Like flatulence, burping is your body's way of getting rid of excessive gas or swallowed air. While burping is normal, if your burping is excessive, then you may be dealing with an underlying health issue that requires a visit to your doctor. How to stop excessive burping may depend a lot on the underlying cause.
About That Burping
Guess what? Burping isn't always voluntary. That's right, your burping is how your stomach or esophagus releases trapped air or gas, and it's a normal physiological process. When your stomach gets the sensation that it's full, it relaxes your sphincter muscle, which serves as a type of trap door between your stomach and your esophagus. When the muscle relaxes, air escapes and the distinctive belching sound emits from your mouth. This is referred to as involuntary belching or gastric belching.
Have you ever noticed that some people seem to have the ability to burp on command? This is referred to as voluntary burping, or supragastric belching, and the air isn't coming from your stomach, but from your esophagus. While the on-demand burper may find the noise that emits from the mouth hysterical, this form of voluntary burping can also develop from an underlying health issue, such as an anxiety disorder.
While there's no medical definition of excessive belching, there are some factors that may indicate your burping is a bit excessive. According to an April 2014 review published in Frontline Gastroenterology, it's normal to experience gastric belching as many as 30 times a day. With regards to supragastric belching, the authors of the review note that excessive burping can vary and be as frequent as 20 burps a minute.
What Causes Excessive Burping?
Your frequent belches may develop from many different causes, ranging from a bad habit to food choices to an underlying health issue. Talking to your doctor may help you get the answers you seek and the right treatment to help you to stop the excessive burping.
If you've developed a habit of swallowing air and belching it out repeatedly, then that may be the underlying cause of your excessive burping. Researchers are debating whether this condition of excessive supragastric belching is behavioral in nature or the result of an underlying health condition, such as acid reflux or anxiety. In either case, it requires medical management.
Excessive gastric belching is often a sign of gastroesophageal reflux disease (GERD), which occurs when your esophageal sphincter doesn't close properly, allowing the contents of your stomach, including the excess gas, to bubble up into your esophagus. With GERD, you may also experience heartburn and taste your stomach contents in the back of your mouth.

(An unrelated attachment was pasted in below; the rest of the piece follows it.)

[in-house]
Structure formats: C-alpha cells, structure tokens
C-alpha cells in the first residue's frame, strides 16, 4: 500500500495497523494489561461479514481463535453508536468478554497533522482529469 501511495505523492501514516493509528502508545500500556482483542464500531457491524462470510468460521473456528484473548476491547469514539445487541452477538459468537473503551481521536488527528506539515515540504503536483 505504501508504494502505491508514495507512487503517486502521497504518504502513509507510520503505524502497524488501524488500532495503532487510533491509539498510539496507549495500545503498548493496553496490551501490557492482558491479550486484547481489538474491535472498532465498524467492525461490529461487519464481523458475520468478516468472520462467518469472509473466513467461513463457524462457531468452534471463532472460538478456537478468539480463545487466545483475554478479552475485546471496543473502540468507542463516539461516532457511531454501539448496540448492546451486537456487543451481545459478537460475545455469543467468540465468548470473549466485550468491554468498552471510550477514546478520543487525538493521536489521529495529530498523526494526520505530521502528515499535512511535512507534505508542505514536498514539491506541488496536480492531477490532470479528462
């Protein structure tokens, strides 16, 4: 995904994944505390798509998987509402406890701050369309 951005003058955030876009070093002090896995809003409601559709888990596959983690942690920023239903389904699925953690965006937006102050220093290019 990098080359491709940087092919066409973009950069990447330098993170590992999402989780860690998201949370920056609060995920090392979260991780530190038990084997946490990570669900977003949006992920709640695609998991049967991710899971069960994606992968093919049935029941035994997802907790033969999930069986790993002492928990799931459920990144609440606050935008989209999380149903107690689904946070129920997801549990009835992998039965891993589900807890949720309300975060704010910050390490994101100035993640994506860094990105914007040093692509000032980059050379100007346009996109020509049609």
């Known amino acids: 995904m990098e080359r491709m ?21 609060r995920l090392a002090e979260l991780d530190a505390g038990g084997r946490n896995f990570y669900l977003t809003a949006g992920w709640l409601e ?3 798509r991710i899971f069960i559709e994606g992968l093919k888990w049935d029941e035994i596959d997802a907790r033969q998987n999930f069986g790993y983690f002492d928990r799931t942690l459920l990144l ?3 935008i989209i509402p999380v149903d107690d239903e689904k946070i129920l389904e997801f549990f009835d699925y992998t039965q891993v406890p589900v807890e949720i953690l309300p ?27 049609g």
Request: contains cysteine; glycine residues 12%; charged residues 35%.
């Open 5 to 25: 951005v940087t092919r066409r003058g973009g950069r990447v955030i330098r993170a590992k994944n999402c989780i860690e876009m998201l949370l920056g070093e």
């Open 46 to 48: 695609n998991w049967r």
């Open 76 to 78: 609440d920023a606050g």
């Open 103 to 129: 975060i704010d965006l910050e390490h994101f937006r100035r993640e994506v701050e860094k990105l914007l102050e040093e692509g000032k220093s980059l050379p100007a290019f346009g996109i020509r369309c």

Of course, your excessive belching may also be due to your food and beverage choices. It may come as no surprise that carbonated beverages, including cola and beer, cause excess gas to develop in your stomach that must be released in some form or fashion. If you like to chew gum or suck on hard candy, you may be inadvertently swallowing too much air that may also lead to excessive burping. If your gum or candy contains the sugar alcohol sorbitol, you may also experience other gastrointestinal disturbances, such as abdominal pain or diarrhea.
How to Stop Excessive Burping
While your doctor is the best person to give advice about how to stop your excessive burping, especially if the underlying cause is medical, you can make a few modifications to your diet and lifestyle that may help lessen the belches.
For starters, stop drinking carbonated beverages, and instead, drink water and flavor it with lemon or lime. Herbal tea works well, too, but if you have GERD avoid peppermint tea as it may worsen your reflux. Also, stop chewing gum and sucking on hard candy.
If your excessive belching is due to GERD, there are a number of things you can do that may help stop excessive burping, according to the National Institute of Diabetes and Digestive and Kidney Diseases. In addition to avoiding peppermint tea, you also want to:
- Avoid coffee
- Limit spicy and fatty foods
- Eat small meals
- Drink in between meals
And, as your mom used to say, don't talk with your mouth full. When eating, try to limit conversation, as talking may increase the amount of air you swallow and lead to more belching.
- UWHealth: "Gas, Bloating and Burping"
- Frontline Gastroenterology: "Review: Managing a Patient With Excessive Belching"
- Harvard Health Publishing: "By the Way Doctor: What Can I Do About Excessive Belching and Feeling Full?"
- Current Opinion in Gastroenterology: "Supragastric Belching"
- Journal of Neurogastroenterology and Motility: "Supragastric Belching: Prevalence and Association With Gastroesophageal Reflux Disease and Esophageal Hypomotility"
- MedlinePlus: "GERD"
- National Institute of Diabetes and Digestive and Kidney Diseases: "Eating, Diet and Nutrition with GER and GERD"